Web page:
UPDATE #2: iSatPhone #3 arrived from UK after it was promised to be hand-tested. And yet again, out of box unit would NOT send SMS or EMAIL. Had to change config setting myself (again) to get EMAIL working. TXT does not, and #3 has a new feature of not logging outbound msgs in the sent box. Could not confirm whether this phone could received EMAIL/TXT after waiting 40 minutes before giving. So this iSatPhone is being returned and have requested now #4 to be shipped. I can’t believe others aren’t having issues since I’m now 3 for 3 units all with different problems per phone. Are there any owners out there that were able to send/receive TXT/EMAIL out of the box, or with your own mods? Pls, add your comments. It’s not clear that even Inmarsat knows how to get these units to work. I’m now at day 89 in trying to resolve this.

  • Randy Kerr says:

    UPDATE: 6 days after posting the above comment, the commercial mgr of Inmarsat contacted me to help resolve. Phone #2 was sent, with latest firmware 3.0.5a but even so was still unable to email/SMS. Battery issue appears solved. After correcting config settings myself, email worked, but outbound SMS does not despite 5 more email exchanges with support. Now Phone #3 is being shipped from UK supposedly tested for all features. Will update once received.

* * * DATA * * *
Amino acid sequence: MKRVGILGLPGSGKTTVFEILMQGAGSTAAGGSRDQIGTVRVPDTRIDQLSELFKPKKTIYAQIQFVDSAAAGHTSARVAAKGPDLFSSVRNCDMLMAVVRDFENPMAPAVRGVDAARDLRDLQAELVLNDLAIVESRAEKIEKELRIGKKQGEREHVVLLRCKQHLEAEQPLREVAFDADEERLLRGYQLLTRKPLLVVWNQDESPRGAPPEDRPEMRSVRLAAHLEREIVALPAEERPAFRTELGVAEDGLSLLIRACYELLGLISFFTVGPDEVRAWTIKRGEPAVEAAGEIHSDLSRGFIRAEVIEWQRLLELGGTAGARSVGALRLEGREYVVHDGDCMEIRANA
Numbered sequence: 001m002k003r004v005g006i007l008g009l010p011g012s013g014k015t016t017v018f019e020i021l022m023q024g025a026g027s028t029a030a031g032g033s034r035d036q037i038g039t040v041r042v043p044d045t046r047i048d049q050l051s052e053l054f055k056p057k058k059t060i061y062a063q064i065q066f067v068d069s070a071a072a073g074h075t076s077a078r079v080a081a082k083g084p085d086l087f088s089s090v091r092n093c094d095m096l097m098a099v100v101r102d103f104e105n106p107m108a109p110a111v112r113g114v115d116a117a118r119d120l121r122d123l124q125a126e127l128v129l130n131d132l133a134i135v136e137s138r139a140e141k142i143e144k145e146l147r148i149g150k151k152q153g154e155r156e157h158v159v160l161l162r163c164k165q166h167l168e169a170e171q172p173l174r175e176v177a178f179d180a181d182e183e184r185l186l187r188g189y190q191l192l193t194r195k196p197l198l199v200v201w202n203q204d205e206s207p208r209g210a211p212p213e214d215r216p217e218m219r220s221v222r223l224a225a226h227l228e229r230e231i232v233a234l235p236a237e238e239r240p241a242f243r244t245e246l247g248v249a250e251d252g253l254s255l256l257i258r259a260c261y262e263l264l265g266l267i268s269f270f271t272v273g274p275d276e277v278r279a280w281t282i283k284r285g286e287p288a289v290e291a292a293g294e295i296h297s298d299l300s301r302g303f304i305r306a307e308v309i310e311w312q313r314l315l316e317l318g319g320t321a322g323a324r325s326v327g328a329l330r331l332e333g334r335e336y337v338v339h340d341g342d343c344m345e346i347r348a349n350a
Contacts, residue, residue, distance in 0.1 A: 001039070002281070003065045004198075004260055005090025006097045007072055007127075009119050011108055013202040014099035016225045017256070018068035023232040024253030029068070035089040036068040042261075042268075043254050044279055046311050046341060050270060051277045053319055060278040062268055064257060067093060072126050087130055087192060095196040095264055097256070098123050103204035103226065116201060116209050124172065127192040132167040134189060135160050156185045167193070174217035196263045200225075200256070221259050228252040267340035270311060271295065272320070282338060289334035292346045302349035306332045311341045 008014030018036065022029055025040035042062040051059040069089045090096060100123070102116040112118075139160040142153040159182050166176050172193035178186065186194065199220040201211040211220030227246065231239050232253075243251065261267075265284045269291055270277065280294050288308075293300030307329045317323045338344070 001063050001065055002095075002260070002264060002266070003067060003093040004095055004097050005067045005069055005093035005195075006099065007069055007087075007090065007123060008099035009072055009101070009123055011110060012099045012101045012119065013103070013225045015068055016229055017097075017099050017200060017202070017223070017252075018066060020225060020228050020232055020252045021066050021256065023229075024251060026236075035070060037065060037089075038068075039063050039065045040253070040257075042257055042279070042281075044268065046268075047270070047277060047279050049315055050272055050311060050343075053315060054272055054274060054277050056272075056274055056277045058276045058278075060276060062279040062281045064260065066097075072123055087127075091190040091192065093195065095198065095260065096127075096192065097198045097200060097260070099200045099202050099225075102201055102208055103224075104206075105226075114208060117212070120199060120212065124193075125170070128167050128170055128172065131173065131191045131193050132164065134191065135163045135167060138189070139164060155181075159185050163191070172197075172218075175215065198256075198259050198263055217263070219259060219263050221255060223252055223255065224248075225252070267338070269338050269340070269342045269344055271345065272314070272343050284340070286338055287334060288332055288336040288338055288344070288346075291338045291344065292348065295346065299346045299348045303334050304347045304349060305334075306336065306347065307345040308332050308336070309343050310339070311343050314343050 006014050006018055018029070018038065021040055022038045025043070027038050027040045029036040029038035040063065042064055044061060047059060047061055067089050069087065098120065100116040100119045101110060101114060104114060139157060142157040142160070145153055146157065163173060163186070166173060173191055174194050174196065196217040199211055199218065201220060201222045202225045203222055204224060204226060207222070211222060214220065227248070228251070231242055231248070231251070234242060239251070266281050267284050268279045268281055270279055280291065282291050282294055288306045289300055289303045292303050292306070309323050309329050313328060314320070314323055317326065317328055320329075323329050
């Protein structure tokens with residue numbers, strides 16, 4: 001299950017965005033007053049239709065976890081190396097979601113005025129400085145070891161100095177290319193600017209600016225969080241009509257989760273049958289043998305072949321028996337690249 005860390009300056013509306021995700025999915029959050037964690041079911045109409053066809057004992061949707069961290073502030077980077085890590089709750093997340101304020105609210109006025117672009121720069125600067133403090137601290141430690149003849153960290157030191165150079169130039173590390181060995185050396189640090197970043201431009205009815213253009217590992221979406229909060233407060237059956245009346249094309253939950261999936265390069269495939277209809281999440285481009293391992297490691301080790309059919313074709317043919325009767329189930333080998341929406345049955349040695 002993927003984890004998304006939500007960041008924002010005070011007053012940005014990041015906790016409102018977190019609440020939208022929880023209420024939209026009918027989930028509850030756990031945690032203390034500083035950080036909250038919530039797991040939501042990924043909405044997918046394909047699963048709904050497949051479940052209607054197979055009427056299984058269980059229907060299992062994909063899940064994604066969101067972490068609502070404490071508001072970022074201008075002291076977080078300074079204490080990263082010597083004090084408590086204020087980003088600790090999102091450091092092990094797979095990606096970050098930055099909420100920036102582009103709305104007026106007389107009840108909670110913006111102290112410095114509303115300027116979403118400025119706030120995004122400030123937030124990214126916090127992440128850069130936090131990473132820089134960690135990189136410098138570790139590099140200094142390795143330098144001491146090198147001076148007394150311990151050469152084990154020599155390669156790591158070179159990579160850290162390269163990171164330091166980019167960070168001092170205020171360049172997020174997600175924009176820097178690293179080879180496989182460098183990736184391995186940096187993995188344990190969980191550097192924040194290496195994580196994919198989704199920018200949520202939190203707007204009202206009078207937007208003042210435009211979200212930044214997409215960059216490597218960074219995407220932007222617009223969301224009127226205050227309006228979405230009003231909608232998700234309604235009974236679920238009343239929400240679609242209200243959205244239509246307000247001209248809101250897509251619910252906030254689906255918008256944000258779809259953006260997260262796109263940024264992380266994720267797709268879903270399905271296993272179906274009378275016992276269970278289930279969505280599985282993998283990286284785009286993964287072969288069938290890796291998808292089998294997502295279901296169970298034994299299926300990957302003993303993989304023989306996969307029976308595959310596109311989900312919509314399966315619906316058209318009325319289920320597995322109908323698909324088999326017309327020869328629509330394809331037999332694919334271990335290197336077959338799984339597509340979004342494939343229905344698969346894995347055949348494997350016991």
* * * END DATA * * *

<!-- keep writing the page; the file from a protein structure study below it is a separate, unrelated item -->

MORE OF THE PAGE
• Randy Kerr says:

    My iSatPhone Pro arrived Aug 17. Usability is mediocre (UI is like an old Nokia). Phone and SMS worked fine, but email never worked. Then discovered battery would completely drain when stowed only after 4 days. Dealer sent a replacement battery, but same problem. Was finally told a firmware update was req’d from dealer. Firmware software completely successfully, then froze phone into a brick. Returned unit for repair. 2 weeks sitting @ repair facitiliy , no word. Dealer had to hound Inmarsat for replacement which is supposedly on way.

    Bottom line, 2 months after purchase I still don’t have a working proper iSatPhone Pro. Maybe more recent units have issues resolved in firmware, dunno, but I for one have lost confidence in Inmarsat’s ability/interest to provide support. Eager for competitors to catch up with comparable handset and pricing plans.

  • Frank Goelo says:

    It’s really a cheap piece of JUNK and I may well return mine and get something better, if more expensive…

    Not only is it cheaply built and ill-fitted, but the display is totally UNREADABLE in bright sunlight, where one is supposed to be standing for a direct line of sight to the satellites…

    Very disappointing after all the pre-launch hoopla…

  • Richard Bajakian says:

    This comparison doesnt mention the big difference in price between the Iridium and the much less expensive Inmarsat phone. Service plans and minutes purchased are a fraction of what Iridium charges. The performance may be a little less but the price for it is substantially less.

  • Dennis Lillee says:

    You talk about the logging on time and then “Another problem with the logging-on process is that it has to get a GPS fix” as if the two should be added together but quite clearly the extended log on time is because of the GPS fix.

    Secondly, maybe it is intentionally designed so that it can not be stood on it’s end, forcing the user to place it in a much more stable position on it’s side.

    Are you by any chance left-handed? as I find the recess created by deploying the antenna to be a comfortable grip.